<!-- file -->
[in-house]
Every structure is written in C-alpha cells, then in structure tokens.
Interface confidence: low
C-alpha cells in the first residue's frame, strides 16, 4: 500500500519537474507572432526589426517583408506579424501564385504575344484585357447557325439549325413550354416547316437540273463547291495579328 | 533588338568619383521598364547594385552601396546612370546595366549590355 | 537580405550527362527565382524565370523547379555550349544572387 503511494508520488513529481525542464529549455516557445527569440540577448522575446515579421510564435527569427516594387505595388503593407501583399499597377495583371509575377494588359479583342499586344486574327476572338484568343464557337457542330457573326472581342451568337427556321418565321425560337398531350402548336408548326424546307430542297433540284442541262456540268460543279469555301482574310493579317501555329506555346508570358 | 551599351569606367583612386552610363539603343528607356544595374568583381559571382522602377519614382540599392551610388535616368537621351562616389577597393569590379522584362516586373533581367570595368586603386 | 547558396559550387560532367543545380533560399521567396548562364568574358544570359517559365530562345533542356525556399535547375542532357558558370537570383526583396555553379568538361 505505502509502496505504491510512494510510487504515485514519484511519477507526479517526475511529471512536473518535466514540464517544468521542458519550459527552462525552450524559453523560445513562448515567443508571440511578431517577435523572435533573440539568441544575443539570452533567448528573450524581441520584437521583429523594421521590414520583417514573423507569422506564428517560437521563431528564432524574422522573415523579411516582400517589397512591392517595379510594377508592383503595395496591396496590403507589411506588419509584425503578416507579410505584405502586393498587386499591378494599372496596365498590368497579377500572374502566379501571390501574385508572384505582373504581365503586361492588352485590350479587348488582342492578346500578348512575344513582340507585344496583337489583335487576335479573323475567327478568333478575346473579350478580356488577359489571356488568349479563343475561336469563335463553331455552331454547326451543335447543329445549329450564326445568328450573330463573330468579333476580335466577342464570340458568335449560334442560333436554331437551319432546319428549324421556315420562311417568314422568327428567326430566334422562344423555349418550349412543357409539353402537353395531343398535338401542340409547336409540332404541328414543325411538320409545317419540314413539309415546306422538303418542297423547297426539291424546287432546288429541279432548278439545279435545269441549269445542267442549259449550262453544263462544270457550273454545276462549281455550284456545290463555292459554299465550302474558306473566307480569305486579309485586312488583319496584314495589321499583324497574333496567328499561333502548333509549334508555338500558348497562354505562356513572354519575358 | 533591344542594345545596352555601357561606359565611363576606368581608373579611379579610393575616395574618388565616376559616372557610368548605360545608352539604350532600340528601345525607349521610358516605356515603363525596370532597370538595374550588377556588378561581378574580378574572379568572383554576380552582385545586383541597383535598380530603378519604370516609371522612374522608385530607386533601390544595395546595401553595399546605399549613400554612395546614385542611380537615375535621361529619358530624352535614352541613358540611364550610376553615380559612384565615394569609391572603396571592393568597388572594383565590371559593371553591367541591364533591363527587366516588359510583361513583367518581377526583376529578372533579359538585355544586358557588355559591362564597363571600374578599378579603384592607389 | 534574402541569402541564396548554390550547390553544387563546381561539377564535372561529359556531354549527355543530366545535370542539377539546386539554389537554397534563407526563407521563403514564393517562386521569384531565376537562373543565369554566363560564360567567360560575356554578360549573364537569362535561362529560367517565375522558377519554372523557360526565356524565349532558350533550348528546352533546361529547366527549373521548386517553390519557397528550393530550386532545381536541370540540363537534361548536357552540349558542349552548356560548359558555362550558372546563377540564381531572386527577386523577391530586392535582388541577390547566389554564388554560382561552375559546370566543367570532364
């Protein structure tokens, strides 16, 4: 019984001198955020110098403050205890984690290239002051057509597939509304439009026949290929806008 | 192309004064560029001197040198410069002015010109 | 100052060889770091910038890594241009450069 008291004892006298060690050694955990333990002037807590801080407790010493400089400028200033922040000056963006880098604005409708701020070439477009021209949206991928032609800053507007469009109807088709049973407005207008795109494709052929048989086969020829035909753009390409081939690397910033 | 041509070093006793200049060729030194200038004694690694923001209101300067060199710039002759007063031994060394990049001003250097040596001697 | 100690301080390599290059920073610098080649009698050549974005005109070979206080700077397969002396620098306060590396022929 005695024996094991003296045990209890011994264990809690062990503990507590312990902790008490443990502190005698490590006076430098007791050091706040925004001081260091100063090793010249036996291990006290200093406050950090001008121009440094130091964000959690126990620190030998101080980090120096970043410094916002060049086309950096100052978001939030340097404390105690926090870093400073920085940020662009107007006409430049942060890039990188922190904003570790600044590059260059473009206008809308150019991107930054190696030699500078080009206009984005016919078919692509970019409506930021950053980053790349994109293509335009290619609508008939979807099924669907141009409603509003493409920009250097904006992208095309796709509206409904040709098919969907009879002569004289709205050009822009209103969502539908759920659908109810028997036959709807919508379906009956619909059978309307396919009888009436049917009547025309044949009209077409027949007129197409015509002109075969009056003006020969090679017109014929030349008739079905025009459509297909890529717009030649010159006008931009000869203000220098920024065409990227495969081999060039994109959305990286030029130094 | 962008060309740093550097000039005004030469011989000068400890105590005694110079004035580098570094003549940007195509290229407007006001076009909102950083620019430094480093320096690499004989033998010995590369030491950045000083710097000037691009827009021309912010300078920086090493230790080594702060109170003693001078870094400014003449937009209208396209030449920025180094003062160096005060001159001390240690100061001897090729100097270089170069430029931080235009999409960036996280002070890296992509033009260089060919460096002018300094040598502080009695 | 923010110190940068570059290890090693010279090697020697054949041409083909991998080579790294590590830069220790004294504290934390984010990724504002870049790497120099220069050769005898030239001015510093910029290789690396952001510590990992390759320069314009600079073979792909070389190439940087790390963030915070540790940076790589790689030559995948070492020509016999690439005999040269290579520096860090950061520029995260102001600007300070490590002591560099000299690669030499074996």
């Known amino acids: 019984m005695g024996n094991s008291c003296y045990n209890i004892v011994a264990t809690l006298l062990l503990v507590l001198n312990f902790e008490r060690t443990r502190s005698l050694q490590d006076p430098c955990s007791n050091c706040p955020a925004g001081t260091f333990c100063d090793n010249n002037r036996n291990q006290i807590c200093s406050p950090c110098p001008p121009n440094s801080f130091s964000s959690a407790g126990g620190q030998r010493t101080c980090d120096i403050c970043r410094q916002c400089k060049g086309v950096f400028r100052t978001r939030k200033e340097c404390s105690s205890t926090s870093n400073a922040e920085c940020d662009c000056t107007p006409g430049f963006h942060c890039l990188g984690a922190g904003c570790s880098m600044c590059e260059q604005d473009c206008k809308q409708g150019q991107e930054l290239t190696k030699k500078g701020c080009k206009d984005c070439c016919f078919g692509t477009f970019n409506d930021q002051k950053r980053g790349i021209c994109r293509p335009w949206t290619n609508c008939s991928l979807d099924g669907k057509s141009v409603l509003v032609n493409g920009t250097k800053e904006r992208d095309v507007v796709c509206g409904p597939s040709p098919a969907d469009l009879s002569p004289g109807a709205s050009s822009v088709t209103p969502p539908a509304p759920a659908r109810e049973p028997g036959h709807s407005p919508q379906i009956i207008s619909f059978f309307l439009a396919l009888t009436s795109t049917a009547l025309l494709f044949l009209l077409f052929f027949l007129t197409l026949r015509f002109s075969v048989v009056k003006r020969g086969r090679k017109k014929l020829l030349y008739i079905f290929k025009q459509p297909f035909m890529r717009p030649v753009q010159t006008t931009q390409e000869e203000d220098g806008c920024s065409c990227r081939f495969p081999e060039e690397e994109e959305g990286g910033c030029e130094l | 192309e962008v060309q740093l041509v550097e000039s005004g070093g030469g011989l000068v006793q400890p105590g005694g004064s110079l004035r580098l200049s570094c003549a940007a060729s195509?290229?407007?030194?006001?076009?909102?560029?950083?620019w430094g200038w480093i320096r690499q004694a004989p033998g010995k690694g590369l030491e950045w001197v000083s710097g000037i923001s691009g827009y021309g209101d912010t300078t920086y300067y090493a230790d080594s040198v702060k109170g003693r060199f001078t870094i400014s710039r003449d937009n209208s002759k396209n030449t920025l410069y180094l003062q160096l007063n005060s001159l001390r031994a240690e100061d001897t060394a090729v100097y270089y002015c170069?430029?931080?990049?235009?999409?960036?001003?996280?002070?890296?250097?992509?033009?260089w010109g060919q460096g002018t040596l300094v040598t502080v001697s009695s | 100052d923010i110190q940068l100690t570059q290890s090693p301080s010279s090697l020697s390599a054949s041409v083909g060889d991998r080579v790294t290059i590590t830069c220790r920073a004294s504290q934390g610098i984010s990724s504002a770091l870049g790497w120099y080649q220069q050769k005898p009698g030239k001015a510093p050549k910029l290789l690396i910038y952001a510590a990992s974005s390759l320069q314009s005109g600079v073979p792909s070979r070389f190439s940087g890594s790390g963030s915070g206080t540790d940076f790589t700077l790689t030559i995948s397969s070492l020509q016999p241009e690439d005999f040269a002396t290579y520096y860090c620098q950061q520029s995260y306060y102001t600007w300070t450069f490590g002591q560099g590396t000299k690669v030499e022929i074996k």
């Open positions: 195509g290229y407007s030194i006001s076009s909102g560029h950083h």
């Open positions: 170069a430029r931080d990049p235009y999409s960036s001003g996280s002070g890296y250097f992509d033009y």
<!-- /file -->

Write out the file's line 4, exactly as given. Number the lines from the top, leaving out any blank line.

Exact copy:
C-alpha cells in the first residue's frame, strides 16, 4: 500500500519537474507572432526589426517583408506579424501564385504575344484585357447557325439549325413550354416547316437540273463547291495579328 | 533588338568619383521598364547594385552601396546612370546595366549590355 | 537580405550527362527565382524565370523547379555550349544572387 503511494508520488513529481525542464529549455516557445527569440540577448522575446515579421510564435527569427516594387505595388503593407501583399499597377495583371509575377494588359479583342499586344486574327476572338484568343464557337457542330457573326472581342451568337427556321418565321425560337398531350402548336408548326424546307430542297433540284442541262456540268460543279469555301482574310493579317501555329506555346508570358 | 551599351569606367583612386552610363539603343528607356544595374568583381559571382522602377519614382540599392551610388535616368537621351562616389577597393569590379522584362516586373533581367570595368586603386 | 547558396559550387560532367543545380533560399521567396548562364568574358544570359517559365530562345533542356525556399535547375542532357558558370537570383526583396555553379568538361 505505502509502496505504491510512494510510487504515485514519484511519477507526479517526475511529471512536473518535466514540464517544468521542458519550459527552462525552450524559453523560445513562448515567443508571440511578431517577435523572435533573440539568441544575443539570452533567448528573450524581441520584437521583429523594421521590414520583417514573423507569422506564428517560437521563431528564432524574422522573415523579411516582400517589397512591392517595379510594377508592383503595395496591396496590403507589411506588419509584425503578416507579410505584405502586393498587386499591378494599372496596365498590368497579377500572374502566379501571390501574385508572384505582373504581365503586361492588352485590350479587348488582342492578346500578348512575344513582340507585344496583337489583335487576335479573323475567327478568333478575346473579350478580356488577359489571356488568349479563343475561336469563335463553331455552331454547326451543335447543329445549329450564326445568328450573330463573330468579333476580335466577342464570340458568335449560334442560333436554331437551319432546319428549324421556315420562311417568314422568327428567326430566334422562344423555349418550349412543357409539353402537353395531343398535338401542340409547336409540332404541328414543325411538320409545317419540314413539309415546306422538303418542297423547297426539291424546287432546288429541279432548278439545279435545269441549269445542267442549259449550262453544263462544270457550273454545276462549281455550284456545290463555292459554299465550302474558306473566307480569305486579309485586312488583319496584314495589321499583324497574333496567328499561333502548333509549334508555338500558348497562354505562356513572354519575358 | 533591344542594345545596352555601357561606359565611363576606368581608373579611379579610393575616395574618388565616376559616372557610368548605360545608352539604350532600340528601345525607349521610358516605356515603363525596370532597370538595374550588377556588378561581378574580378574572379568572383554576380552582385545586383541597383535598380530603378519604370516609371522612374522608385530607386533601390544595395546595401553595399546605399549613400554612395546614385542611380537615375535621361529619358530624352535614352541613358540611364550610376553615380559612384565615394569609391572603396571592393568597388572594383565590371559593371553591367541591364533591363527587366516588359510583361513583367518581377526583376529578372533579359538585355544586358557588355559591362564597363571600374578599378579603384592607389 | 534574402541569402541564396548554390550547390553544387563546381561539377564535372561529359556531354549527355543530366545535370542539377539546386539554389537554397534563407526563407521563403514564393517562386521569384531565376537562373543565369554566363560564360567567360560575356554578360549573364537569362535561362529560367517565375522558377519554372523557360526565356524565349532558350533550348528546352533546361529547366527549373521548386517553390519557397528550393530550386532545381536541370540540363537534361548536357552540349558542349552548356560548359558555362550558372546563377540564381531572386527577386523577391530586392535582388541577390547566389554564388554560382561552375559546370566543367570532364